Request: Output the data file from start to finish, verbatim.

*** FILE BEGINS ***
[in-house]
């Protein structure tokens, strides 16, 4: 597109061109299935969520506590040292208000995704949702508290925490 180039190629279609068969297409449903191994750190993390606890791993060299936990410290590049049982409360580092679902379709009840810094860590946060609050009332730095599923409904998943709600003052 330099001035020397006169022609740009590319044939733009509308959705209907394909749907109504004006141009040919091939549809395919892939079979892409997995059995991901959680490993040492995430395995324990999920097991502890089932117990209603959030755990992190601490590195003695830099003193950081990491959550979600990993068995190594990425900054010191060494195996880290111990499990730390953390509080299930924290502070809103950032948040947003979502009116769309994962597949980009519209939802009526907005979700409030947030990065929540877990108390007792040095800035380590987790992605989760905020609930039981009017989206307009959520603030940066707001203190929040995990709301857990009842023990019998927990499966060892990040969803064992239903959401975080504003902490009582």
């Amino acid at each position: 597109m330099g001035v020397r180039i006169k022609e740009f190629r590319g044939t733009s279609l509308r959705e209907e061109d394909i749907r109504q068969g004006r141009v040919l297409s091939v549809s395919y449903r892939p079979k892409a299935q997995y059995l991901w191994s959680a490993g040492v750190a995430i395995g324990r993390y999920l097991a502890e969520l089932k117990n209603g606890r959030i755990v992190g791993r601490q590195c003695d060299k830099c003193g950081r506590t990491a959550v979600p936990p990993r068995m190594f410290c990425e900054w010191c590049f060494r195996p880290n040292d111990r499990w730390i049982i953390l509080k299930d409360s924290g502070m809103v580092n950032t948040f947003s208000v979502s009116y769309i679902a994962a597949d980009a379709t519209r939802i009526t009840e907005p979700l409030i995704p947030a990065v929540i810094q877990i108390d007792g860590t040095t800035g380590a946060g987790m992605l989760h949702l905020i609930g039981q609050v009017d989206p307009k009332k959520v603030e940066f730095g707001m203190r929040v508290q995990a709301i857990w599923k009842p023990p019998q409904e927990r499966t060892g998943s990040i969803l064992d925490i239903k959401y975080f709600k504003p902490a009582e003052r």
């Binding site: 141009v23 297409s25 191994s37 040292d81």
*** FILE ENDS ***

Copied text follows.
[in-house]
């Protein structure tokens, strides 16, 4: 597109061109299935969520506590040292208000995704949702508290925490 180039190629279609068969297409449903191994750190993390606890791993060299936990410290590049049982409360580092679902379709009840810094860590946060609050009332730095599923409904998943709600003052 330099001035020397006169022609740009590319044939733009509308959705209907394909749907109504004006141009040919091939549809395919892939079979892409997995059995991901959680490993040492995430395995324990999920097991502890089932117990209603959030755990992190601490590195003695830099003193950081990491959550979600990993068995190594990425900054010191060494195996880290111990499990730390953390509080299930924290502070809103950032948040947003979502009116769309994962597949980009519209939802009526907005979700409030947030990065929540877990108390007792040095800035380590987790992605989760905020609930039981009017989206307009959520603030940066707001203190929040995990709301857990009842023990019998927990499966060892990040969803064992239903959401975080504003902490009582």
């Amino acid at each position: 597109m330099g001035v020397r180039i006169k022609e740009f190629r590319g044939t733009s279609l509308r959705e209907e061109d394909i749907r109504q068969g004006r141009v040919l297409s091939v549809s395919y449903r892939p079979k892409a299935q997995y059995l991901w191994s959680a490993g040492v750190a995430i395995g324990r993390y999920l097991a502890e969520l089932k117990n209603g606890r959030i755990v992190g791993r601490q590195c003695d060299k830099c003193g950081r506590t990491a959550v979600p936990p990993r068995m190594f410290c990425e900054w010191c590049f060494r195996p880290n040292d111990r499990w730390i049982i953390l509080k299930d409360s924290g502070m809103v580092n950032t948040f947003s208000v979502s009116y769309i679902a994962a597949d980009a379709t519209r939802i009526t009840e907005p979700l409030i995704p947030a990065v929540i810094q877990i108390d007792g860590t040095t800035g380590a946060g987790m992605l989760h949702l905020i609930g039981q609050v009017d989206p307009k009332k959520v603030e940066f730095g707001m203190r929040v508290q995990a709301i857990w599923k009842p023990p019998q409904e927990r499966t060892g998943s990040i969803l064992d925490i239903k959401y975080f709600k504003p902490a009582e003052r």
């Binding site: 141009v23 297409s25 191994s37 040292d81």